GP ap­point­ments by Skype are both im­moral and stupid

The Sunday Telegraph - - Features & Arts -

Iwoke up one day last Novem­ber with the feel­ing of wet­ness on my an­kle, even though it was dry. As some­one with pretty bad health anx­i­ety, I was im­me­di­ately dis­con­certed. Things got worse over the next few weeks, with feel­ings of in­ter­mit­tent freez­ing and burn­ing ac­com­pa­ny­ing the odd wet patches. Panic en­sued after an ill-ad­vised Googling of the symp­toms, and I be­came con­vinced I had a ter­ri­ble neu­ro­log­i­cal dis­ease.

I ar­ranged a Skype con­ver­sa­tion – in­tended to be re­as­sur­ing – with a neu­ro­sur­geon friend of the fam­ily. After lis­ten­ing to my symp­toms, he ad­vised me to get my­self seen to pronto. When the GP told me it would take four months for an ap­point­ment with a neu­rol­o­gist, I de­cided to pay through the nose to see one pri­vately, and was might­ily re­lieved when he dis­missed the pos­si­bil­ity of any­thing sin­is­ter be­ing at play.

In­ter­est­ingly, when I saw the neu­ro­sur­geon in per­son at a so­cial event two weeks after our anx­i­etyin­duc­ing call, he too dropped all the con­cern he had ex­pressed on Skype. I looked, he said, the picture of health. The dif­fer­ence be­tween our electronic and real-life meet­ing was fun­da­men­tal. Over Skype, I was a list of symp­toms re­sem­bling any num­ber of dread­ful con­di­tions. In per­son, I was a healthy and vig­or­ous-seem­ing woman with noth­ing wrong – ex­cept my neu­ro­sis.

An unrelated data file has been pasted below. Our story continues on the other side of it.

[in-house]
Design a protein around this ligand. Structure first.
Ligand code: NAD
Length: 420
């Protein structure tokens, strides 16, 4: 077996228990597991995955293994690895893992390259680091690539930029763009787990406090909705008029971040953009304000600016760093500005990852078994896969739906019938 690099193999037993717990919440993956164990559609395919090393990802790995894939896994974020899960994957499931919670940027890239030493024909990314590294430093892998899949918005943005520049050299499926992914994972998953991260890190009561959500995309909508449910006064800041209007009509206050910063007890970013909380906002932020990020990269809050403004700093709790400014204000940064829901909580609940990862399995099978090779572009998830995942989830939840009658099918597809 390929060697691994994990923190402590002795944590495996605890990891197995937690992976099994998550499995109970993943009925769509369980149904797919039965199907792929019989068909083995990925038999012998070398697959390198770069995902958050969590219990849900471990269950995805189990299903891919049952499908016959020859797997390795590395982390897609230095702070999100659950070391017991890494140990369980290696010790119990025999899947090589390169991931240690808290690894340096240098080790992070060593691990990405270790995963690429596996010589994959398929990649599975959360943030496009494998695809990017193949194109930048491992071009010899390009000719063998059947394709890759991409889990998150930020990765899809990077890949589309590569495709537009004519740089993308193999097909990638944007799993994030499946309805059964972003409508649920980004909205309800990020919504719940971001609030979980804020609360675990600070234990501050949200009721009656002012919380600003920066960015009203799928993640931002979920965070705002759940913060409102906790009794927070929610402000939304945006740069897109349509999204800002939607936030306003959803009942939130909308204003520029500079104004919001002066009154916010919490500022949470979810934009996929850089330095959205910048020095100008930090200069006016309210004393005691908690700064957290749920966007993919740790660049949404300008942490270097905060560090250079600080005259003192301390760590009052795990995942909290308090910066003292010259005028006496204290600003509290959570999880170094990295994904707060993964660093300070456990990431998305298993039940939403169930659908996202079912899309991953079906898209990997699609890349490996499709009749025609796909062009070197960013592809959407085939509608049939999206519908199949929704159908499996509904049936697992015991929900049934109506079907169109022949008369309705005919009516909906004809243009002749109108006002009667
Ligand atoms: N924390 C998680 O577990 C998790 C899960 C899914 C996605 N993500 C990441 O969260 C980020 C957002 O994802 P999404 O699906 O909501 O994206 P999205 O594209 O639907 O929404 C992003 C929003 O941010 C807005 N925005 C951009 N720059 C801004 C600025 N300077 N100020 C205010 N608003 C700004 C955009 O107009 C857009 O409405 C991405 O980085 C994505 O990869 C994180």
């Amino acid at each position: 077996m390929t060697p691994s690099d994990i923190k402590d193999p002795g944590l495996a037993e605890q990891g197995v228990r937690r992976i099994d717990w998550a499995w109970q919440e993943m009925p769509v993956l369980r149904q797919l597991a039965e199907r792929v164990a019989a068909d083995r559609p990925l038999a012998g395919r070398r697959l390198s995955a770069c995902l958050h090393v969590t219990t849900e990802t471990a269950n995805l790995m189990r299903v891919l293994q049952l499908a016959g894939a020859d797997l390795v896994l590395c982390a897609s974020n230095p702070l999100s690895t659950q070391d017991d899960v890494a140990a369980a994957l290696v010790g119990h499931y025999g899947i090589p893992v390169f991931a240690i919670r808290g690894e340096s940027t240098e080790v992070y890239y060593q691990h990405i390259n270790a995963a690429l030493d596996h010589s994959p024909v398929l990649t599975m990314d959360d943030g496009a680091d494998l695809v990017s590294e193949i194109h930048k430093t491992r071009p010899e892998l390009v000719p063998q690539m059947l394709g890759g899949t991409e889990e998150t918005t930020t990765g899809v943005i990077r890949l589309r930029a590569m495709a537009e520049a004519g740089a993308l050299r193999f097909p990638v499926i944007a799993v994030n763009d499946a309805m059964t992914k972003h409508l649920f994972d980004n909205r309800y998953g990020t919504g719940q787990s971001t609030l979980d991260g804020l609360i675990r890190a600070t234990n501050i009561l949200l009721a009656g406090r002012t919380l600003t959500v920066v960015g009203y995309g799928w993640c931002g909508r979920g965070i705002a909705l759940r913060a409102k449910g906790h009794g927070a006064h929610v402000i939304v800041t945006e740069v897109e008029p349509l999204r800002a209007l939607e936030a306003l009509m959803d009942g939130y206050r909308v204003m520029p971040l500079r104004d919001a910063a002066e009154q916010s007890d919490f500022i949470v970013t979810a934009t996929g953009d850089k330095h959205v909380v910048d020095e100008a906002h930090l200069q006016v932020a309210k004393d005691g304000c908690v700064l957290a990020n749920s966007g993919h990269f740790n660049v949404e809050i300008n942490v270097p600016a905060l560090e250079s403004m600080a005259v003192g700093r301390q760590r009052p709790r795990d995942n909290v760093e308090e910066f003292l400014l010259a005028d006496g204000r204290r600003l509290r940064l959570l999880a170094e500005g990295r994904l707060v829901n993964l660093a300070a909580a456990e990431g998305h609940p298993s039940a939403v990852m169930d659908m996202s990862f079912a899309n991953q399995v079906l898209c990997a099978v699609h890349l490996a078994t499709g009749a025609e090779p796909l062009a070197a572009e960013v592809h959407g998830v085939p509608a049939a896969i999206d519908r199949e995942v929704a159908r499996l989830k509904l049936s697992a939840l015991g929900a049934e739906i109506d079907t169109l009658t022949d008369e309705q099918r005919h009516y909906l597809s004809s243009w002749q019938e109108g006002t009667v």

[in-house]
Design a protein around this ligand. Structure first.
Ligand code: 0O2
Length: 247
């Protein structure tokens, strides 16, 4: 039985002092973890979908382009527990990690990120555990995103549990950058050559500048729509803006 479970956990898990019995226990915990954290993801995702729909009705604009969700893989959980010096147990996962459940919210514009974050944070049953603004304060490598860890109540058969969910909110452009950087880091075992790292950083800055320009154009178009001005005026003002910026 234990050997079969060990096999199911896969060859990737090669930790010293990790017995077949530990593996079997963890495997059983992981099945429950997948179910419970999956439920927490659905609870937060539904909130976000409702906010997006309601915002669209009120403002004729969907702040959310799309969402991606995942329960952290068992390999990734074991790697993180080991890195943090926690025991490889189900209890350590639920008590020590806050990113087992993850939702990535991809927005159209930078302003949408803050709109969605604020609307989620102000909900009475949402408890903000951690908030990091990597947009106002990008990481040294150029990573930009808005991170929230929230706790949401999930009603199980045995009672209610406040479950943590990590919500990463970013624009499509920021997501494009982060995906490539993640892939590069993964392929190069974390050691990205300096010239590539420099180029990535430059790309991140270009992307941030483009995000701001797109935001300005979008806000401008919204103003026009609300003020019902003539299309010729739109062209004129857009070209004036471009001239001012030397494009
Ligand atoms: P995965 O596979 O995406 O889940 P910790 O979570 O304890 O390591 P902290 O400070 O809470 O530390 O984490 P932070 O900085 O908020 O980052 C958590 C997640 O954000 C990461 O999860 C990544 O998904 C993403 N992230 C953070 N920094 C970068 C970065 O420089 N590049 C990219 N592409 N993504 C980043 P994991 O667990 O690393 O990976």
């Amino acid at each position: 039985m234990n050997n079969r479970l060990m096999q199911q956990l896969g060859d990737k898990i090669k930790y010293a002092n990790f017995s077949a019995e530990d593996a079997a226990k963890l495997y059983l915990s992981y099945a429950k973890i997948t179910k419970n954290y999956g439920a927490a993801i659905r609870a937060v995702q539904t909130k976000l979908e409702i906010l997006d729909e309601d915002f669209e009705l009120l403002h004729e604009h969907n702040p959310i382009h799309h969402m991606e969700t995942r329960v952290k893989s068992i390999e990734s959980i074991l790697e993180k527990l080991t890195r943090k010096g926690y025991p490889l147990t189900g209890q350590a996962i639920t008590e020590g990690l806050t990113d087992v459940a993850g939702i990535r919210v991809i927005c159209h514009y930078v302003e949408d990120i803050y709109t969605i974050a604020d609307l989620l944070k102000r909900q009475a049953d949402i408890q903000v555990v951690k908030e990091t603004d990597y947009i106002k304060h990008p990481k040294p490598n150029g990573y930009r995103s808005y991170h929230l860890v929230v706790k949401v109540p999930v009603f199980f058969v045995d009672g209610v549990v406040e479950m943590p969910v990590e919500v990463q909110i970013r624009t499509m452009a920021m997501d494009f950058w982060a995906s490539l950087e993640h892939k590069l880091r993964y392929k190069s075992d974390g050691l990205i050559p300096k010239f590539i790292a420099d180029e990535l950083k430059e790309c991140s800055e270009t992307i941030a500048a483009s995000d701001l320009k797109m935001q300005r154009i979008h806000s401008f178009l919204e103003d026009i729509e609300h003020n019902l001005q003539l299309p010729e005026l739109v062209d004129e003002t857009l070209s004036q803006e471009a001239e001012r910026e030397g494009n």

So much of the in­for­ma­tion doc­tors rely on comes from see­ing pa­tients in the flesh, where they can ob­serve nu­ances of move­ment, ges­tures, skin, and – cru­cially – prod you. Which is why my hair stood on end when I read last week of new money-sav­ing pro­pos­als for the NHS – part of its night­mar­ish-sound­ing “ser­vice re­design” for the dig­i­tal age. I was par­tic­u­larly hor­ri­fied to see Theresa May, along with a num­ber of health chiefs, proudly an­nounc­ing a vi­sion of a brave new world in which 90 mil­lion out­pa­tient hospi­tal ap­point­ments would be con­ducted over Skype, rather than in per­son. I can see why you could Skype your lawyer or ac­coun­tant. But your doc­tor? Med­dling with the sin­gle most im­por­tant tool of medicine

– the phys­i­cal ex­am­i­na­tion – would be as im­moral as it is stupid. Re­as­sur­ingly, med­i­cal ex­perts were quick to point out the fool­ish­ness of the plan, but it is still ter­ri­fy­ing that such an id­i­otic pro­posal could be pre­sented smil­ingly in pub­lic.

Ter­ri­fy­ing, but hardly sur­pris­ing. The idea clearly came from the same place as all the worst NHS ideas and tar­gets have in re­cent years: man­age­ment in ca­hoots with politi­cians.

Si­mon Stevens, chief ex­ec­u­tive of NHS Eng­land, boasted that un­der the dig­i­tal ser­vice re­design pa­tients would be able to “ac­cess ad­vice at the touch of a but­ton”. But Mr Stevens, like many of his col­leagues, has an MBA, not a med­i­cal de­gree.